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To save his company, Wagoner will have to persuade the U.A.W. that what's good for GM is good for labor, even if it means shutting down plants and laying off workers. The company can't slim down easily, a legacy of earlier battles with the U.A.W. and labor deals that make it prohibitively expensive to shutter factories. What happens to a GM worker when his or her plant shuts down? Not much. Under GM's contract with the U.A.W., laid-off workers are entitled to 95% of their salary plus benefits for nearly two years. So while closing factories saves money on materials and overhead, it takes quite a while to shave the payroll and bolster the bottom line. Wagoner is expected to pressure the union to modify the severance deals when the contract is renegotiated in 2007.
What really scares Wall Street is the prospect of a Delphi strike. Goldman Sachs estimates that a Delphi work stoppage could shut down GM factories at a cost of $2 billion a month, causing GM to burn through its cash reserves at a deadly clip. "A strike could push them over the edge," says Steven Szakaly, an economist with the Center for Automotive Research. Unions representing Delphi workers have described the bankrupt company's latest offer--cutting wages from an average $27 an hour to $10.50 for production staff--as "insulting," and U.A.W. chief Ron Gettelfinger has described Delphi boss Robert Miller as a "rogue." The U.A.W. last week filed a protest in bankruptcy court over a Delphi compensation plan that would award top execs up to $500 million to stay on the job. GM, caught in the middle of the dispute, is likely to try to broker a deal.
•FIX THE RETIREMENT PROBLEM
Another legacy of GM's pact with the union is its crushing pension burden. Having shed so many workers in previous rounds of cost cutting, GM finds itself in a demographic choke hold--paying for the pensions and health care of 400,000 retirees (plus benefits for their dependents)--with a shrinking company. GM's strongest rivals, such as Toyota and Nissan, haven't gone through decades of downsizing and don't bear that lopsided burden. At GM, each U.S. worker's production has to support 2.5 retirees, adding an average of $2,200 in legacy costs to the price of a vehicle, a steep disadvantage vs. foreign manufacturers. And the fewer vehicles GM sells, the worse the ratio gets.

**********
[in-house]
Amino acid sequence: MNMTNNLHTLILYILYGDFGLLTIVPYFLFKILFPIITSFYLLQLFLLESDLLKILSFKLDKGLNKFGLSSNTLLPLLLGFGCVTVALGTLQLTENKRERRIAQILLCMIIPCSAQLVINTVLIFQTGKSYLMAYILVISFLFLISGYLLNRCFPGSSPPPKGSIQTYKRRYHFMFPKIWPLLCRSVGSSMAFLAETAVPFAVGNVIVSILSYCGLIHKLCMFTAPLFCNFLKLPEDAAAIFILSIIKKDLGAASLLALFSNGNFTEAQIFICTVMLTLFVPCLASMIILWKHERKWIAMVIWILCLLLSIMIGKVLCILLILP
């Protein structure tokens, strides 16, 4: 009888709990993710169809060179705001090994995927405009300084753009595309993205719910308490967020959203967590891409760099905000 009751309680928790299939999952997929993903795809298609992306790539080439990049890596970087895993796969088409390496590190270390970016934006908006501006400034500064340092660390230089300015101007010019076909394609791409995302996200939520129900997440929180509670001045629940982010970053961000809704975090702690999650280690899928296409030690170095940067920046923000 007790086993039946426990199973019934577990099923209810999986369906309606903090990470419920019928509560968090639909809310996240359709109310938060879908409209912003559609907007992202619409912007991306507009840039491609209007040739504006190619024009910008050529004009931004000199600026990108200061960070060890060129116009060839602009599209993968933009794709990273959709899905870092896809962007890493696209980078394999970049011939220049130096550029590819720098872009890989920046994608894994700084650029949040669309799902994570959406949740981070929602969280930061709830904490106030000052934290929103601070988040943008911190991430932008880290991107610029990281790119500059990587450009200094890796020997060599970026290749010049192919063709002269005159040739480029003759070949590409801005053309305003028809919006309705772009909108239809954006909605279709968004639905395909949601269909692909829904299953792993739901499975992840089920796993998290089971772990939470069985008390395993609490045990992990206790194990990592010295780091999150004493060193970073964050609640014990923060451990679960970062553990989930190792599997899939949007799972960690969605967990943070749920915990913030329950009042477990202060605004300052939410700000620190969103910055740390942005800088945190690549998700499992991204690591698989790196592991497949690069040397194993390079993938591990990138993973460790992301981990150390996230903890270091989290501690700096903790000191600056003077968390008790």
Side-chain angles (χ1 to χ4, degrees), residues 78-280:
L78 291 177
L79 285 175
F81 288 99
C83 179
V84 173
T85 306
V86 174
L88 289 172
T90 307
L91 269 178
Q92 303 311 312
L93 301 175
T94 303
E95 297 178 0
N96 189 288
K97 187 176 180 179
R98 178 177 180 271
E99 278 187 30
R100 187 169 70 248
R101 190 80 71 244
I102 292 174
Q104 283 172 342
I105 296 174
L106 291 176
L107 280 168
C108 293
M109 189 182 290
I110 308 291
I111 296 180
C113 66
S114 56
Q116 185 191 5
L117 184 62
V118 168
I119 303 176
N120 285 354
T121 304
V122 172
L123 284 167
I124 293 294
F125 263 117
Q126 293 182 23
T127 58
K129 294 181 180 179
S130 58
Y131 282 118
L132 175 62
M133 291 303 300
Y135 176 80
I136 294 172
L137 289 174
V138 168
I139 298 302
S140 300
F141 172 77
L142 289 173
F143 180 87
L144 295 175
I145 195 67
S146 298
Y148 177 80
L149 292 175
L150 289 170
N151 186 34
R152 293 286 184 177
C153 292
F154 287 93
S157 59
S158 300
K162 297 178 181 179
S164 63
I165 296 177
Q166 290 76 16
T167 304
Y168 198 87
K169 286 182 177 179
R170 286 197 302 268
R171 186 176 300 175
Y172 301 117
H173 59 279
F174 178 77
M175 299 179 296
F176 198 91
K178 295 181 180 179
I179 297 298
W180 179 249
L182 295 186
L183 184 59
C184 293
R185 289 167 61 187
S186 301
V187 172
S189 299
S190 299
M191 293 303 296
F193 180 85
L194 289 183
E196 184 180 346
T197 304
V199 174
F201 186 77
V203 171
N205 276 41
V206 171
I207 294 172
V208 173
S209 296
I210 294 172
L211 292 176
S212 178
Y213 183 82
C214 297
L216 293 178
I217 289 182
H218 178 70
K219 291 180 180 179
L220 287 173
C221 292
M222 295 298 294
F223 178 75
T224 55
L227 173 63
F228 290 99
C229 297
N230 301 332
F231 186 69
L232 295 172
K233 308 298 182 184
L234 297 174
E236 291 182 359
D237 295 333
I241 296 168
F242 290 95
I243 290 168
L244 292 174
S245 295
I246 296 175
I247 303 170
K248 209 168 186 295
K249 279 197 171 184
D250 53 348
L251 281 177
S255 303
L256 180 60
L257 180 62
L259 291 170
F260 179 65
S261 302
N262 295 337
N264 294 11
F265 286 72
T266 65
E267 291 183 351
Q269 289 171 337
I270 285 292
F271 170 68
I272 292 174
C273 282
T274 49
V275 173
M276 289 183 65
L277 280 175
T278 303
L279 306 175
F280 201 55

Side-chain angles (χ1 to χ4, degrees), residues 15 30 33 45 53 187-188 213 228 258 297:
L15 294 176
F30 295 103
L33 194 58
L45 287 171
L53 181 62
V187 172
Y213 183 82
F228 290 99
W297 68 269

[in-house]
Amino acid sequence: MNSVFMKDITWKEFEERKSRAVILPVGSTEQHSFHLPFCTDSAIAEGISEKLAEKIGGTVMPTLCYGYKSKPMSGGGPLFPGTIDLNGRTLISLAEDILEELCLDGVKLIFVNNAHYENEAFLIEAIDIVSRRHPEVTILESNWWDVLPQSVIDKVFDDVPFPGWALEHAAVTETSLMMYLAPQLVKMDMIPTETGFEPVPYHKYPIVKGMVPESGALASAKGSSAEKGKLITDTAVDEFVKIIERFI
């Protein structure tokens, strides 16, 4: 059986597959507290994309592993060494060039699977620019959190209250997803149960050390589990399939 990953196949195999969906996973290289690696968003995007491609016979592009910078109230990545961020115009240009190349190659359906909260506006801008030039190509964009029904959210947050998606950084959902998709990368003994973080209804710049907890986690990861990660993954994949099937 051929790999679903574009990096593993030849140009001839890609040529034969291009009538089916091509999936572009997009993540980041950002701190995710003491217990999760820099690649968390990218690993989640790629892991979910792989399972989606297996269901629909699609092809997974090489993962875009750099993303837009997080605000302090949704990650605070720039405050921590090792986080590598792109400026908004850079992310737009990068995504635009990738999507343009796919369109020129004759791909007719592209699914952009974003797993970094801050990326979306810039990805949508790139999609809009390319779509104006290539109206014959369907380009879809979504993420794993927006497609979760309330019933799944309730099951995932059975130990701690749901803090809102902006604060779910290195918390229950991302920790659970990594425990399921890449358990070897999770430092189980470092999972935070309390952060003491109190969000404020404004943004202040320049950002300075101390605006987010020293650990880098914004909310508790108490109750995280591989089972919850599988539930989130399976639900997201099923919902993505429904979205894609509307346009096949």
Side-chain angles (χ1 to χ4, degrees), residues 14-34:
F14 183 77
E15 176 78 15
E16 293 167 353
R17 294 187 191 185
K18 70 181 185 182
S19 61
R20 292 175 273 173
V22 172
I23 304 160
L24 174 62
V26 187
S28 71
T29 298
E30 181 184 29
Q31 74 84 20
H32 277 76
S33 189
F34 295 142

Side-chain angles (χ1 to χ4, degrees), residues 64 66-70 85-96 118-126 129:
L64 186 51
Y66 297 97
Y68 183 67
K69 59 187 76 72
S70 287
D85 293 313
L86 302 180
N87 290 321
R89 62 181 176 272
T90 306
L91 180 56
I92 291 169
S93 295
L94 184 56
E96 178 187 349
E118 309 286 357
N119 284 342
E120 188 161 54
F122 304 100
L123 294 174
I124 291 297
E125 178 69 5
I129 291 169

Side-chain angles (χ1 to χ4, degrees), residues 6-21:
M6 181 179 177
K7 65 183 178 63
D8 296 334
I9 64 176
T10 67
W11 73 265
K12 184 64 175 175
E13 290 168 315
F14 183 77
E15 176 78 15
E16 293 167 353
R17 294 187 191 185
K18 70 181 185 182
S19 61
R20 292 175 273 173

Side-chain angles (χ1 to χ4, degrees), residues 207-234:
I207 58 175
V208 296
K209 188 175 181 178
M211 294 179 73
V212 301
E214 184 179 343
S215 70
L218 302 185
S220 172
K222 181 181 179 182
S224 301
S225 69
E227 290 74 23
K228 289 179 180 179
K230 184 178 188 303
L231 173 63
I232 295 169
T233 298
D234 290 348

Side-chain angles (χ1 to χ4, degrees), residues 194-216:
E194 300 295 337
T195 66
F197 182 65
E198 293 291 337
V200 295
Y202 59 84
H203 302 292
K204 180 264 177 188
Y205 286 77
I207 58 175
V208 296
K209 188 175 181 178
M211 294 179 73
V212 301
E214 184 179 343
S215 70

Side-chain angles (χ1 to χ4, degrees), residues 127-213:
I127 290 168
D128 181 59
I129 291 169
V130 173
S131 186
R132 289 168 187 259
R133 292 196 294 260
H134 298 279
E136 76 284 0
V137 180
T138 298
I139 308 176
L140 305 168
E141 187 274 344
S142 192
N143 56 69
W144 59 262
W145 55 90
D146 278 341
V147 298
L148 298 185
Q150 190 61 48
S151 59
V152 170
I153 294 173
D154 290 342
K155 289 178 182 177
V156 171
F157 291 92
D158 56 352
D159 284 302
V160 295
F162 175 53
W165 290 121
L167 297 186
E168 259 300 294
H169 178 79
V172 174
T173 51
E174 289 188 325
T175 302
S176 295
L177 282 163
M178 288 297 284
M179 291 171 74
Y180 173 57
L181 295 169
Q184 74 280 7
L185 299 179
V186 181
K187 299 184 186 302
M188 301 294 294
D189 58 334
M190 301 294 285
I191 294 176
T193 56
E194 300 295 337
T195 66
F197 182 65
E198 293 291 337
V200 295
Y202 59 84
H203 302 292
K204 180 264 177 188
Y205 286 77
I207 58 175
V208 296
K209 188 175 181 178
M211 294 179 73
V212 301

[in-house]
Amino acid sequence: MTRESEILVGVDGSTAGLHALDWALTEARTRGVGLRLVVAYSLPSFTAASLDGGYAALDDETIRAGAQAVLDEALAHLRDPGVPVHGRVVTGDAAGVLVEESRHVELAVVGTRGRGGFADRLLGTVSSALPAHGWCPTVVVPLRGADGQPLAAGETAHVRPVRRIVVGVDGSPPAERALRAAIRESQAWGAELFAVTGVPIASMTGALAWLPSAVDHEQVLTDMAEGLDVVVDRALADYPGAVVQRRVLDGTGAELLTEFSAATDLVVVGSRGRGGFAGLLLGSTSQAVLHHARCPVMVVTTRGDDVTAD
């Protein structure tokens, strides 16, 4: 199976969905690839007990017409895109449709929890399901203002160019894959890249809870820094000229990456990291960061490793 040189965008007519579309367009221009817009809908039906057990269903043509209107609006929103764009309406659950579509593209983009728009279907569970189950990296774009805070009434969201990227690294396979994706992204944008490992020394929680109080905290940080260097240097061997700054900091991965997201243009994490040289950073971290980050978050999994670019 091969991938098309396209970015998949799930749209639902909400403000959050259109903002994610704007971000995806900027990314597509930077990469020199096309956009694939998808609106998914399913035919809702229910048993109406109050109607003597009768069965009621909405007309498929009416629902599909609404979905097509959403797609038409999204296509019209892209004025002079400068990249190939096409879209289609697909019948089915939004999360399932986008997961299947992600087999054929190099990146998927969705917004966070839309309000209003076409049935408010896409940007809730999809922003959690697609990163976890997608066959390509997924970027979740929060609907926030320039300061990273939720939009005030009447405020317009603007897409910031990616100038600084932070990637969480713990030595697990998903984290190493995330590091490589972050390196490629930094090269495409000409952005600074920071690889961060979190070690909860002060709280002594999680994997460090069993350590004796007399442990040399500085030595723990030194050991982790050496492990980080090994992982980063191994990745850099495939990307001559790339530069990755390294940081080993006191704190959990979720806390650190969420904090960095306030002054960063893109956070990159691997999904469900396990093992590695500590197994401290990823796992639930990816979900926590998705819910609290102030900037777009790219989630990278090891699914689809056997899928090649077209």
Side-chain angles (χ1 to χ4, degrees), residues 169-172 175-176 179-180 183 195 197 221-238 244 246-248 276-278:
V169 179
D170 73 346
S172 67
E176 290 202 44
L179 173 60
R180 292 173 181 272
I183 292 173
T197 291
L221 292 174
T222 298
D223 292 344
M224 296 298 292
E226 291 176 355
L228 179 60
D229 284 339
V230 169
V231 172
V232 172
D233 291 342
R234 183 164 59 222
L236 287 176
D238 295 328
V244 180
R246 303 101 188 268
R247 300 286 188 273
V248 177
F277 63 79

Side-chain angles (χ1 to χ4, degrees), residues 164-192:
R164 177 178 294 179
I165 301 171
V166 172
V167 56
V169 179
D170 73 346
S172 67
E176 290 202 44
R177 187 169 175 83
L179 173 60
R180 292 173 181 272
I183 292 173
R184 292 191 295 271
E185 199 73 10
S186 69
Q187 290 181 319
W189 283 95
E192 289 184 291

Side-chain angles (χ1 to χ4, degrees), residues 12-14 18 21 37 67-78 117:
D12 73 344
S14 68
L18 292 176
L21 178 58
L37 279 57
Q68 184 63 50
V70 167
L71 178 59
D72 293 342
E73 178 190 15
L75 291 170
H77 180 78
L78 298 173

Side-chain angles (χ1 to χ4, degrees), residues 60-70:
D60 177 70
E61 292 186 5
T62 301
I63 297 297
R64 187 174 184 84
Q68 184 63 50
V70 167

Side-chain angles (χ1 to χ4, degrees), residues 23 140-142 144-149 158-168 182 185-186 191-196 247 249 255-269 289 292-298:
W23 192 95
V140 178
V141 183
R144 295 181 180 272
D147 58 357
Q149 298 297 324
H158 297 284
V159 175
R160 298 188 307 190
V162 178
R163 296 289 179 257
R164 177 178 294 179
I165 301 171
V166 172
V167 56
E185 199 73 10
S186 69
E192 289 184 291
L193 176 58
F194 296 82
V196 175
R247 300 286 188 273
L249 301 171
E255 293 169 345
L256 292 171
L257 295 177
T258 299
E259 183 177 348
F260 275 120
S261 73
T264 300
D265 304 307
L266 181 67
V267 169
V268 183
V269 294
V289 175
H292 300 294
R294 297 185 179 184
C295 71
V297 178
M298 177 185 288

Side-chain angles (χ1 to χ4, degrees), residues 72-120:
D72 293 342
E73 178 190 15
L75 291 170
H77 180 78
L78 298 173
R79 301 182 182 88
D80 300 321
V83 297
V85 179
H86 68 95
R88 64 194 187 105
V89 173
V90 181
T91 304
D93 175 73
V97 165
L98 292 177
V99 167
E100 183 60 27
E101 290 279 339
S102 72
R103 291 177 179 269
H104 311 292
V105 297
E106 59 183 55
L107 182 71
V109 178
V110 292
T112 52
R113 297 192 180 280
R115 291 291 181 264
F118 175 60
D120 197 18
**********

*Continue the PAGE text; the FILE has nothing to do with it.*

Wagoner is playing an actuarial waiting game, betting that as the retiree population declines, health and pension costs will fall, helping the company swing to profitability. But on Wall Street, worries about how a smaller GM will pay its retiree obligations have sent its securities plummeting. GM says it owes $89 billion to current and future retirees, and if GM's pension plan were terminated tomorrow, it would be $31 billion short, according to the Pension Benefit Guaranty Corporation. GM says its pension obligations are more than fully funded and it has no intention of terminating its plan. But GM may have to shoulder some of Delphi's liabilities--GM spun off Delphi in 1999. In a worst-case scenario, by GM's estimate, the tab for Delphi's 34,000 workers could hit an additional $11 billion. Without unloading its pension obligations, analysts say, GM must find a way to sell more vehicles at higher prices.
•MAKE SOME HARD CHOICES ABOUT CAR MODELS